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How to Start a Knife Sharpening Business

How to Start a Knife Sharpening Business

How to Start a Knife Sharpening Business

How to Start a Knife Sharpening Business

How to Start a Knife Sharpening Business

How to Start a Knife Sharpening Business

Do you have a passion for knives?  Maybe you’re a collector, and you have your own knife sharpener.  Why not start a knife sharpening business and use your passion to make money?  It won’t cost you much to start, you can make a decent living, and you’ll be your own boss.

Business Overview

A knife sharpening business offers services to consumers to sharpen knives so that they don’t need to be replaced.  You can do this out of a shop, your own home, or offer a mobile service.  A knife sharpening business can repair knives as well and sharpen other types of blades, including lawn mower blades and scissors.

Industry Summary

According to Grandview Research, the knife sharpening market size is $70.9 million and is expected to grow 6.5% annually through 2028.  The industry is affected by the economy and its fluctuations because people buy less expensive knives during economic downturns, and those can be easily replaced for little money rather than paying the price of knife sharpening.

Consumers are buying higher-priced knives due to the popularity of cooking and cooking as a career, and those people will pay to have them sharpened rather than replace them.  Businesses that use knives are also large consumers of knife sharpening services.  Examples include restaurants, wood shops, and lawn mower repair services.

Target Market

Your target market will be people who frequently use high-quality knives or blades in the kitchen or homeowners who need garden tools, mower blades, or chain shaws sharp.  Additionally, businesses can use sharpening services such as butchers and chefs that have a recurring need to keep their blades sharp or sharpening shears and clippers for barbershops and salons.

Skills, Experience, and Education Useful in Running a Knife Sharpening Business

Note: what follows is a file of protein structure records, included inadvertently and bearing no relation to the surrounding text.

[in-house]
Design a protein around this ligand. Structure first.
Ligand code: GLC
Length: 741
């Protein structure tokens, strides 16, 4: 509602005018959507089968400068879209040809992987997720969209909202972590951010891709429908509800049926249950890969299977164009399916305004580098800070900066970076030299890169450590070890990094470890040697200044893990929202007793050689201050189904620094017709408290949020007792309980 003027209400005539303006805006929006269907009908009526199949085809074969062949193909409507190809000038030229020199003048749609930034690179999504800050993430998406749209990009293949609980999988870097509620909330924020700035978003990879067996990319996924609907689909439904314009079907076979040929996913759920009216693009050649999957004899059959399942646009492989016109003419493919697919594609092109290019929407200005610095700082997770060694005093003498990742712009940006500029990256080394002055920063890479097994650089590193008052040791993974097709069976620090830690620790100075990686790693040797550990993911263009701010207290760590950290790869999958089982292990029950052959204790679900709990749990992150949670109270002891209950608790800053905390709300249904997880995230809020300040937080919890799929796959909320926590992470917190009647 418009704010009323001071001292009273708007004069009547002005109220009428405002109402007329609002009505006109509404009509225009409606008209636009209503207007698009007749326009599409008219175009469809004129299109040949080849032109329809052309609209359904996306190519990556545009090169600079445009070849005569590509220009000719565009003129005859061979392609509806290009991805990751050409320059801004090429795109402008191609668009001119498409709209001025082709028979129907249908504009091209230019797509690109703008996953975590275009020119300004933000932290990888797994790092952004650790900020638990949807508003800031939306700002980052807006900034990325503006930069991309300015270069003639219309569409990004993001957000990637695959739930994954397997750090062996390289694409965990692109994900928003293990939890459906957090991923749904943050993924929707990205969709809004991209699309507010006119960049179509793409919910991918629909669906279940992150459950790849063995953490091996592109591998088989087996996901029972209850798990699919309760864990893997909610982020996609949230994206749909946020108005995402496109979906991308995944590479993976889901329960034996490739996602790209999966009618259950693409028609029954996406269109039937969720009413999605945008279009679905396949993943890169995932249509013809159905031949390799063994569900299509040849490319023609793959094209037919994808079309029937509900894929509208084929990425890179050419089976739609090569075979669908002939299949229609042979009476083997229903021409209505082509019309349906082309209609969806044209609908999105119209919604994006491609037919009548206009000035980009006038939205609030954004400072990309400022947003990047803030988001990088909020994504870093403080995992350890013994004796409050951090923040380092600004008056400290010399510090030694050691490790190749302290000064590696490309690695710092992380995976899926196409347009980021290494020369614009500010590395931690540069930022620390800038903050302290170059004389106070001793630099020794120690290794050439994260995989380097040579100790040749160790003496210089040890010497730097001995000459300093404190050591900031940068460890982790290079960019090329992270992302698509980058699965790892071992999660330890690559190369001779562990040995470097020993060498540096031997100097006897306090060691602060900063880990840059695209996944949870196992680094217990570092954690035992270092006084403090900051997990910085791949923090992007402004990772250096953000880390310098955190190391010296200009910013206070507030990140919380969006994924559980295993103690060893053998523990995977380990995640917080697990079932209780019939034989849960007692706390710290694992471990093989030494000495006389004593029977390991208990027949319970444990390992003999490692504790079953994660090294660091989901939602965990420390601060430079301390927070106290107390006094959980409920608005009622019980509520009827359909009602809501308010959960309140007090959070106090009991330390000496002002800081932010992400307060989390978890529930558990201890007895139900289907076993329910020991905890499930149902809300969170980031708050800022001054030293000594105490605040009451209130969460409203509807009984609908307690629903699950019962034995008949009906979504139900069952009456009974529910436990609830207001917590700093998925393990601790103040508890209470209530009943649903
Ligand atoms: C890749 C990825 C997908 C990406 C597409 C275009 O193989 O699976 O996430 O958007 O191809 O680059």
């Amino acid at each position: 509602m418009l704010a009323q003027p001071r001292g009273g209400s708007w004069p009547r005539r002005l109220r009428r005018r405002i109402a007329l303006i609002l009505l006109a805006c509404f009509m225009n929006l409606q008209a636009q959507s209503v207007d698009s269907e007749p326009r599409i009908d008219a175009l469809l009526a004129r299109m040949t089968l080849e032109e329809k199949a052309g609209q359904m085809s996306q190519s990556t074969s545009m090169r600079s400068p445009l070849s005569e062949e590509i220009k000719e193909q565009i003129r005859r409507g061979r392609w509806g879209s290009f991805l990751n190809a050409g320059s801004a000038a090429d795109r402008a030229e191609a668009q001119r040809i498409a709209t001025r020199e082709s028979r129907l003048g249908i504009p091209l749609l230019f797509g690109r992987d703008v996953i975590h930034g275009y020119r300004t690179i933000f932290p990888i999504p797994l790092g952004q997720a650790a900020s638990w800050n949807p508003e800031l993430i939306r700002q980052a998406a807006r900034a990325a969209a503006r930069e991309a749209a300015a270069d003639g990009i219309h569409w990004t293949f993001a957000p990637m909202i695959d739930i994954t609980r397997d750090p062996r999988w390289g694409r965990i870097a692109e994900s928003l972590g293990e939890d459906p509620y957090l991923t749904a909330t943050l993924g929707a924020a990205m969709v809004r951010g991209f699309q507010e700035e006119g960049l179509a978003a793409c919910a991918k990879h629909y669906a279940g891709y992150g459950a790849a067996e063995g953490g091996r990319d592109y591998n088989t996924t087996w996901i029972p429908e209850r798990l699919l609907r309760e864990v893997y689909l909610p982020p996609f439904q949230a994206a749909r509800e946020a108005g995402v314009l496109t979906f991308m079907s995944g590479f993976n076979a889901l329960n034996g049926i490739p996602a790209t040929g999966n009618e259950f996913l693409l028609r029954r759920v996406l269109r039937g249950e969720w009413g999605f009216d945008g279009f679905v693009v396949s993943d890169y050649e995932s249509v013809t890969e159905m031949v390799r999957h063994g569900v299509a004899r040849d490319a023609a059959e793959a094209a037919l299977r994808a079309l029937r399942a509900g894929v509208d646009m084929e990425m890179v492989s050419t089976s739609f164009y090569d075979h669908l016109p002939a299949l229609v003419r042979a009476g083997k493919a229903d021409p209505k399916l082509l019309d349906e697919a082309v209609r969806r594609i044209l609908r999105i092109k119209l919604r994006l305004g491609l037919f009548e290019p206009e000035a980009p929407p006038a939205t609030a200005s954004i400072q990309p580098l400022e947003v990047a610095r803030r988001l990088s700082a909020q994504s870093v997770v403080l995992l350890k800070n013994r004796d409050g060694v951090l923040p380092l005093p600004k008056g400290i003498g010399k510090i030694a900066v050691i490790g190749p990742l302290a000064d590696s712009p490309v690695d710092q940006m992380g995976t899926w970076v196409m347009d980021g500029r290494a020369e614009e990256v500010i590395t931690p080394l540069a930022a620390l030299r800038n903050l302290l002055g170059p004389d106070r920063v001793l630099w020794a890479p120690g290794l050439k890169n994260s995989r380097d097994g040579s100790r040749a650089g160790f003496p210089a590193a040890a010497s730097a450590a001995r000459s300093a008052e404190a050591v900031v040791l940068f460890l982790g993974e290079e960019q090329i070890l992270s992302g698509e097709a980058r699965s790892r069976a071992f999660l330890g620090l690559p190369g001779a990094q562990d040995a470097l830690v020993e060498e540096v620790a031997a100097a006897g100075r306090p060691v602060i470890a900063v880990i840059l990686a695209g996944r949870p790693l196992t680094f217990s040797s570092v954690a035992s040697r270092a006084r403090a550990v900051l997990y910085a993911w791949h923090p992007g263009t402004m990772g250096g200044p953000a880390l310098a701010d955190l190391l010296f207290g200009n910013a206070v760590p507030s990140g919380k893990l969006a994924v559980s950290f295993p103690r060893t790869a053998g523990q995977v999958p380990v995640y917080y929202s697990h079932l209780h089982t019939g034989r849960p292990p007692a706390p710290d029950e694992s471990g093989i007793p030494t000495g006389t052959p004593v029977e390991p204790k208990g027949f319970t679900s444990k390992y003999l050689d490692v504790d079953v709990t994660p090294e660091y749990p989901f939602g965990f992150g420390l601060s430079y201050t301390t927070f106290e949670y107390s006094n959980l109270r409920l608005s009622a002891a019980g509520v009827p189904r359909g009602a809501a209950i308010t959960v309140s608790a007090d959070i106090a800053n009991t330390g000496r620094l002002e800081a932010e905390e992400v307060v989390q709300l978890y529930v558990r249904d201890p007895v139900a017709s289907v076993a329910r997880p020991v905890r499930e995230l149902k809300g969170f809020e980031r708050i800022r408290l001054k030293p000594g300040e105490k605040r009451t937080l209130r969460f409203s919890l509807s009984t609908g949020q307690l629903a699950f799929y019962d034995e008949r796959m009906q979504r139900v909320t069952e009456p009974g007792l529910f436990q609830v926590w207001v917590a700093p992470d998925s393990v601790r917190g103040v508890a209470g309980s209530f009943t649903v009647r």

There are several specific skills that you will need to open a knife sharpening business.

  • Experience.  Experience is critical in a knife sharpening business.  You need to have the right skills to do quality work.
  • Attention to detail.  Knife sharpening requires precision.  If you make a mistake and ruin a knife, you will probably have to replace it for the customer.
  • Knife sharpening education. There are knife sharpening courses that you can take, which will help you if you don’t have much experience.
  • Business knowledge and experience.  You will need to have some basic knowledge of marketing, finance/accounting, and human resources.
  • Customer service. You’ll need to be able to build rapport with your customers so that you retain them as customers and gain repeat business and referrals.

Checklist for Starting a Knife Sharpening Business

If you’re thinking about starting your own knife sharpening business, there are a few things you should keep in mind. Here is a checklist of the essentials to get started.

Step 1: Write a Business Plan

After coming up with the idea, the next step in starting your knife sharpening business should be to write a business plan.  The business plan will make you focus on some important aspects of the business, such as who your customers are, how you plan to reach them, projecting sales and expenses, your value proposition to use for marketing, and more. You’ll also need to do some research to calculate exactly what your startup expenses will be and what your ongoing expenses will be.

Not only will a bank require you to have a business plan if you need financing, but multiple studies have shown that having a good business plan increases the odds of starting a successful business. Writing the plan helps you think through all the aspects of the business and then serves as a guide as you begin.

Related: How to write a business plan

Step 2: Select a Business Entity

A business entity (also referred to as a business structure) refers to how a business is legally organized to operate. There are four primary business structures to choose from, which include the sole proprietorship, partnership, corporation, and Limited Liability Company (LLC). Each type of entity has its own pros and cons, such as liability exposure, costs, and administrative requirements.

When deciding on which business entity is best for a knife sharpening business, it normally comes down to the sole proprietorship and Limited Liability Company.

A partnership opens the owners up to unnecessary personal liability because if a partner does something to get the business sued, or runs off with cash from the business, the other partners are personally liable to repay.